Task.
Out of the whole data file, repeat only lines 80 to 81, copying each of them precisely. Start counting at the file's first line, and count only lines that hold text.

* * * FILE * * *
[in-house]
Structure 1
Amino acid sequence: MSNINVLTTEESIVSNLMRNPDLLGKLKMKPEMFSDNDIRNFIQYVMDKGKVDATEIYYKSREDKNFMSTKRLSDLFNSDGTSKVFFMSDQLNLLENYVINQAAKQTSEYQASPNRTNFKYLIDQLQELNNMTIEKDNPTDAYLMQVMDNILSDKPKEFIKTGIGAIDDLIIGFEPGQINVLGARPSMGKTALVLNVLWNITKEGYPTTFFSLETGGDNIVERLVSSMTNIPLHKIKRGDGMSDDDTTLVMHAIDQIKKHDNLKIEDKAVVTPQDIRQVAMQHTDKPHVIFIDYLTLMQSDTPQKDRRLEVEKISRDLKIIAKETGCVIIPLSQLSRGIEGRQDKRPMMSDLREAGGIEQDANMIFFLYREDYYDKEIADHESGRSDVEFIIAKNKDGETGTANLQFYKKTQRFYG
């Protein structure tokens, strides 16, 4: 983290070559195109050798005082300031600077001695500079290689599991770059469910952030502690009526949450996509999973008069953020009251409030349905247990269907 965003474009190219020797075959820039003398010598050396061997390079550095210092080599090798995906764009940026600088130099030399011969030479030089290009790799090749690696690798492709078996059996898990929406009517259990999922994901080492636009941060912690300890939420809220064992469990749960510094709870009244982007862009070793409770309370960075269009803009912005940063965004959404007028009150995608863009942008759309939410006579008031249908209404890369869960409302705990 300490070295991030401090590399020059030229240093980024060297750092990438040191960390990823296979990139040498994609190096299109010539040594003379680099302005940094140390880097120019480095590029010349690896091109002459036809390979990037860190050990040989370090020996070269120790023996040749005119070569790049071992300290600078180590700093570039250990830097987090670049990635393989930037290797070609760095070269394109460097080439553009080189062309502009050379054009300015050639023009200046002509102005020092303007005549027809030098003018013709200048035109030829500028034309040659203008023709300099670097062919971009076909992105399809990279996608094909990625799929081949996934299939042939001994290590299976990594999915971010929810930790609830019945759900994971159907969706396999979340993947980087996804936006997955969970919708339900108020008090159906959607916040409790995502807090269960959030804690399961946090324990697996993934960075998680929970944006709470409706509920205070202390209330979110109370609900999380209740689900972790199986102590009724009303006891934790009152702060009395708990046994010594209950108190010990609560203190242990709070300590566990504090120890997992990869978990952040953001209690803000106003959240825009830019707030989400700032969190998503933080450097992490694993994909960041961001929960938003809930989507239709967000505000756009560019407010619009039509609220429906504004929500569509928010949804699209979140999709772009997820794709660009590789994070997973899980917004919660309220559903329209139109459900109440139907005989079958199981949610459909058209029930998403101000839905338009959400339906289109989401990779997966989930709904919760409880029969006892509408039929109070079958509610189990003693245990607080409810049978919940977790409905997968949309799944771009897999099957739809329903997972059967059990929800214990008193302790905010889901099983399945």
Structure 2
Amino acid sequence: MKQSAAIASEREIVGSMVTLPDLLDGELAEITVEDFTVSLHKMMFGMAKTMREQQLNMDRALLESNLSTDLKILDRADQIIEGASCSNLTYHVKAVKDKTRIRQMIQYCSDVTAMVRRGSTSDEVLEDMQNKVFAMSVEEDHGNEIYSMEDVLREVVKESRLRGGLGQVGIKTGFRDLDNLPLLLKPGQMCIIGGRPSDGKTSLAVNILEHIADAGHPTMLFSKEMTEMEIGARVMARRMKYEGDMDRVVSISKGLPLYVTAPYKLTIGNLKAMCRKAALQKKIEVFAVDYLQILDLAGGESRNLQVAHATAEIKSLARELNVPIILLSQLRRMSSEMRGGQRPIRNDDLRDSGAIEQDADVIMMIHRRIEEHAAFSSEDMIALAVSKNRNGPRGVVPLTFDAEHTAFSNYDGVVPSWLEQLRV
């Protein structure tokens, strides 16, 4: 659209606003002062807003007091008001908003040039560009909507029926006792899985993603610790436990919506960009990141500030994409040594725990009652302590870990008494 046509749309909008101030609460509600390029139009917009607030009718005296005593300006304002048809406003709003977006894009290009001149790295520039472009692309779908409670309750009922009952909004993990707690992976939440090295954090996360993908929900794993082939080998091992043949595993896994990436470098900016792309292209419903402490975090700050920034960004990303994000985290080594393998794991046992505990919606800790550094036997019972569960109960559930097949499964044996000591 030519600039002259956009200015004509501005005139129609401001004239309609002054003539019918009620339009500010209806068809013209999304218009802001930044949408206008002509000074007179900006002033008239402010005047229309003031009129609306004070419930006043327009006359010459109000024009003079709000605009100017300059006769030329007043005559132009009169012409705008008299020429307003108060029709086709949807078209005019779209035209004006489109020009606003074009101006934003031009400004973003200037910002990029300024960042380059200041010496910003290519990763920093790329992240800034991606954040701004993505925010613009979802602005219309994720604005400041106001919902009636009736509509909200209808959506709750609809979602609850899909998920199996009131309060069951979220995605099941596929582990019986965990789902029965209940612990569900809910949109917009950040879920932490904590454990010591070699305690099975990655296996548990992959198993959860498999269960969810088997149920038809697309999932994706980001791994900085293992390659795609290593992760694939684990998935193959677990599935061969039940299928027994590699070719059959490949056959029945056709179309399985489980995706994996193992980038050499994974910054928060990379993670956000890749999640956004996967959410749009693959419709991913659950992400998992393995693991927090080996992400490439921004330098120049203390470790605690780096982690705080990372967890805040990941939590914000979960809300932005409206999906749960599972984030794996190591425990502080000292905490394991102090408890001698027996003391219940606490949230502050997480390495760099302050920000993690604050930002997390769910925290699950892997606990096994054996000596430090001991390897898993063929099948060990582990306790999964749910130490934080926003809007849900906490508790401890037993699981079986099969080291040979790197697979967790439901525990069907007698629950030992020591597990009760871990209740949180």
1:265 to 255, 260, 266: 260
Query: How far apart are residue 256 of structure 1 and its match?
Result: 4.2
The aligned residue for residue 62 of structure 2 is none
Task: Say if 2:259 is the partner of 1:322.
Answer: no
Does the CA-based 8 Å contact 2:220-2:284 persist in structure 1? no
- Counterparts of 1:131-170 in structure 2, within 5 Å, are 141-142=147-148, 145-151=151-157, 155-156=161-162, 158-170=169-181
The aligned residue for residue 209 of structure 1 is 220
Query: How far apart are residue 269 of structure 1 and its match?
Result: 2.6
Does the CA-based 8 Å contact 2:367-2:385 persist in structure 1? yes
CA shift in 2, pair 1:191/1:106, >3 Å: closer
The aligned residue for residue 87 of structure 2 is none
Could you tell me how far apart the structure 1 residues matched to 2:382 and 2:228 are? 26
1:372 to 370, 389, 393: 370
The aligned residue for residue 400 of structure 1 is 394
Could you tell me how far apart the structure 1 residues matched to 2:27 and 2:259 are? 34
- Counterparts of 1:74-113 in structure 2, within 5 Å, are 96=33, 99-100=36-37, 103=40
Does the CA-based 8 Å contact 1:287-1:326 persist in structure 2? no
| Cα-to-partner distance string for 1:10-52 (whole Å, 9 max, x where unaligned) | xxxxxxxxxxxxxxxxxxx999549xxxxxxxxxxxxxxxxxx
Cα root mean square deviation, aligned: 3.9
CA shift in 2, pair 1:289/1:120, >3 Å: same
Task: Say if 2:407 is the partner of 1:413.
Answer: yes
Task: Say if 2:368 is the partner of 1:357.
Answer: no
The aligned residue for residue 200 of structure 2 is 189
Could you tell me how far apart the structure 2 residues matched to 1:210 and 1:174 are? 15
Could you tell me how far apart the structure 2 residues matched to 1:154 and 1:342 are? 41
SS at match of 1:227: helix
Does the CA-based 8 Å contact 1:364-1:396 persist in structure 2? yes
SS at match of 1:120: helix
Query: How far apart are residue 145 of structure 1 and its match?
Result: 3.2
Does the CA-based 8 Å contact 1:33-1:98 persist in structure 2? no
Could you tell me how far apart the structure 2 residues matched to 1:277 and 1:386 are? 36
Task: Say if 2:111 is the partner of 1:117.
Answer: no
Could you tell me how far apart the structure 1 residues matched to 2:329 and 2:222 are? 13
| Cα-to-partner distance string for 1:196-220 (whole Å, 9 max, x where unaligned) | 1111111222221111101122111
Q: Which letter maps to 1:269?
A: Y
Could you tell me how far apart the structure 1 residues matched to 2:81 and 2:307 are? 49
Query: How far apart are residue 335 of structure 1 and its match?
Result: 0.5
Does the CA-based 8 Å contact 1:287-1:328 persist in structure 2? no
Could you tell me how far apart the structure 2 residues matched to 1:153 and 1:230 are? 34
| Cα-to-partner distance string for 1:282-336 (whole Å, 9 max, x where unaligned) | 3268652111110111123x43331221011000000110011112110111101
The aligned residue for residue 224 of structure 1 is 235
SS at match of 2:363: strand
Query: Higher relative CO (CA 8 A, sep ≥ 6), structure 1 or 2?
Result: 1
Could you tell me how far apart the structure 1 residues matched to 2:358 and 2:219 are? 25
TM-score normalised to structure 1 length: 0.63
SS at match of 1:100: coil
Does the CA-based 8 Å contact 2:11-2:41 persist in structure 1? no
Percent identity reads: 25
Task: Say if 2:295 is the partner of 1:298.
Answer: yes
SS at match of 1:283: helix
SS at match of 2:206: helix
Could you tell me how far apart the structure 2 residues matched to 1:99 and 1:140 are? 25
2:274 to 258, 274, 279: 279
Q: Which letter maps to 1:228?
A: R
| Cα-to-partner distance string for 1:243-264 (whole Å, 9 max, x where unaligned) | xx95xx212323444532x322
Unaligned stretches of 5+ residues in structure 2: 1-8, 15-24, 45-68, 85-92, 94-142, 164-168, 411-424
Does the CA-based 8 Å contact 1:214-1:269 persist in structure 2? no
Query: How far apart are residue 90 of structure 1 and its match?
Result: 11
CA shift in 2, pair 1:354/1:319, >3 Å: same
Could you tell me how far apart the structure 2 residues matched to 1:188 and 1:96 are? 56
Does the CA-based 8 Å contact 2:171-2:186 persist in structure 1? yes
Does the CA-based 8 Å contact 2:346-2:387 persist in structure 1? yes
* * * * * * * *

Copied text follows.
Could you tell me how far apart the structure 2 residues matched to 1:188 and 1:96 are? 56
Does the CA-based 8 Å contact 2:171-2:186 persist in structure 1? yes